This profound level of exclusion from the rest of Honduras has shaped daily habits in El Juté. People live according to the sun—men wake up when it rises at 4 am and go to bed when it sets. They are agricultural subsistence farmers who work the land, look after cattle, chickens, and horses and grow their own crops for their families to eat each day. Women spend their time cooking in front of the stove and taking care of the children.

I noticed that many of the adult men were missing teeth. A Brigade staff member suspected that this was because they didn’t brush their teeth enough or didn’t have the resources to do so. Doctor visits are infrequent as the closest health center is two hours away by foot. If there is a surplus of crops, the men can sell the extra in a nearby town to make a profit.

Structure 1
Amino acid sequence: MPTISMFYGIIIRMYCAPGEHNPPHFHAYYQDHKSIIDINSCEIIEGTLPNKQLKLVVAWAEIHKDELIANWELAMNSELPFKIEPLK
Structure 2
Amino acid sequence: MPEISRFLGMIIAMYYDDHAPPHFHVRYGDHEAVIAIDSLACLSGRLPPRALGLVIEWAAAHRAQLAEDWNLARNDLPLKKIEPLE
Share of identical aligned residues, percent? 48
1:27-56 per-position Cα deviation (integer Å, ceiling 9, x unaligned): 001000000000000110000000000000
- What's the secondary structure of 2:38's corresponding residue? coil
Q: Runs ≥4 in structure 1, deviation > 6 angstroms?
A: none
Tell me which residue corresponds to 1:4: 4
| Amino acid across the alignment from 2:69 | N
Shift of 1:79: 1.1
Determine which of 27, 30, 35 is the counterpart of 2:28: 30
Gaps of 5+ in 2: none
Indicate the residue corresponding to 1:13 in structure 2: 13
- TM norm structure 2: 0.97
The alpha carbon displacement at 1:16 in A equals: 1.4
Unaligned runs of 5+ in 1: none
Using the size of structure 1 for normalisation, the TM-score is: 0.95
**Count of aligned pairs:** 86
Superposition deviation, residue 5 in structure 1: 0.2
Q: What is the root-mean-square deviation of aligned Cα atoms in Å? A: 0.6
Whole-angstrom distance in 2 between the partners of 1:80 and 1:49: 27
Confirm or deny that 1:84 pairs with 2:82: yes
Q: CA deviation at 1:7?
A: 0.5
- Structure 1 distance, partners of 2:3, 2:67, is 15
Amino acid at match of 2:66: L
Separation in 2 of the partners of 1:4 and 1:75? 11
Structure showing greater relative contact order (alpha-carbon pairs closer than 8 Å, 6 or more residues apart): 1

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 Each project is associated with improved health status: building and lining properly functioning latrines enhances sanitation and the disposal of waste. Improved latrines feature a clean water basin for dish washing and hand washing with soap after defecation. Pouring concrete floors in the bedrooms and kitchen area contributes to infant health status and hygiene. The dirt floor is their playground. Before they can even walk, these children crawl, play with their toys on the ground, and immerse themselves in a sea of bacteria that finds its way into their mouths and bodies. The construction of the concrete floors provides a clean foundation for the home and reduces indoor pollution from the outside dirt. The improved stove has a chimney that funnels fumes from burning biomass fuels outside of the home and prevents women and children from inhaling indoor air pollution. Ventilation directly increases longevity because indoor pollution is linked to conjunctivitis, respiratory infections, cardiovascular disease and chronic obstructive pulmonary disease.